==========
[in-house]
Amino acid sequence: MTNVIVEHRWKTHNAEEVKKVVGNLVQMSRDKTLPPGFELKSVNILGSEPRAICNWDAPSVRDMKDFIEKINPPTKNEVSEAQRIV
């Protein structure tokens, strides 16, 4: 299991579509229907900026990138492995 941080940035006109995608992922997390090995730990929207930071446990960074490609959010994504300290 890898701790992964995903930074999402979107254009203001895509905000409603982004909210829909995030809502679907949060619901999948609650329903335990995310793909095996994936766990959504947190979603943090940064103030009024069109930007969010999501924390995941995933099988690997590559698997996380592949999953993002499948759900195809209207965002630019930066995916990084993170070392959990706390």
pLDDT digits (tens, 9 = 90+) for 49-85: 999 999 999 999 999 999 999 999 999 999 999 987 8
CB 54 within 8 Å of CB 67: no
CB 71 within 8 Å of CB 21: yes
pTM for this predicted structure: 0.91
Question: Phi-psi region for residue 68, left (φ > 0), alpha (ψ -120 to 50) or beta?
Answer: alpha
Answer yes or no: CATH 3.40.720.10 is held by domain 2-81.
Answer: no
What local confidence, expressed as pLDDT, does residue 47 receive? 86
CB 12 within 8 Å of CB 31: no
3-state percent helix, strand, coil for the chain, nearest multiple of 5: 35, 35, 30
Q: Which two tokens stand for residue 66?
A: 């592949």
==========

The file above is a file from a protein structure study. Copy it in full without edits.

[in-house]
Amino acid sequence: MTNVIVEHRWKTHNAEEVKKVVGNLVQMSRDKTLPPGFELKSVNILGSEPRAICNWDAPSVRDMKDFIEKINPPTKNEVSEAQRIV
């Protein structure tokens, strides 16, 4: 299991579509229907900026990138492995 941080940035006109995608992922997390090995730990929207930071446990960074490609959010994504300290 890898701790992964995903930074999402979107254009203001895509905000409603982004909210829909995030809502679907949060619901999948609650329903335990995310793909095996994936766990959504947190979603943090940064103030009024069109930007969010999501924390995941995933099988690997590559698997996380592949999953993002499948759900195809209207965002630019930066995916990084993170070392959990706390």
pLDDT digits (tens, 9 = 90+) for 49-85: 999 999 999 999 999 999 999 999 999 999 999 987 8
CB 54 within 8 Å of CB 67: no
CB 71 within 8 Å of CB 21: yes
pTM for this predicted structure: 0.91
Question: Phi-psi region for residue 68, left (φ > 0), alpha (ψ -120 to 50) or beta?
Answer: alpha
Answer yes or no: CATH 3.40.720.10 is held by domain 2-81.
Answer: no
What local confidence, expressed as pLDDT, does residue 47 receive? 86
CB 12 within 8 Å of CB 31: no
3-state percent helix, strand, coil for the chain, nearest multiple of 5: 35, 35, 30
Q: Which two tokens stand for residue 66?
A: 């592949």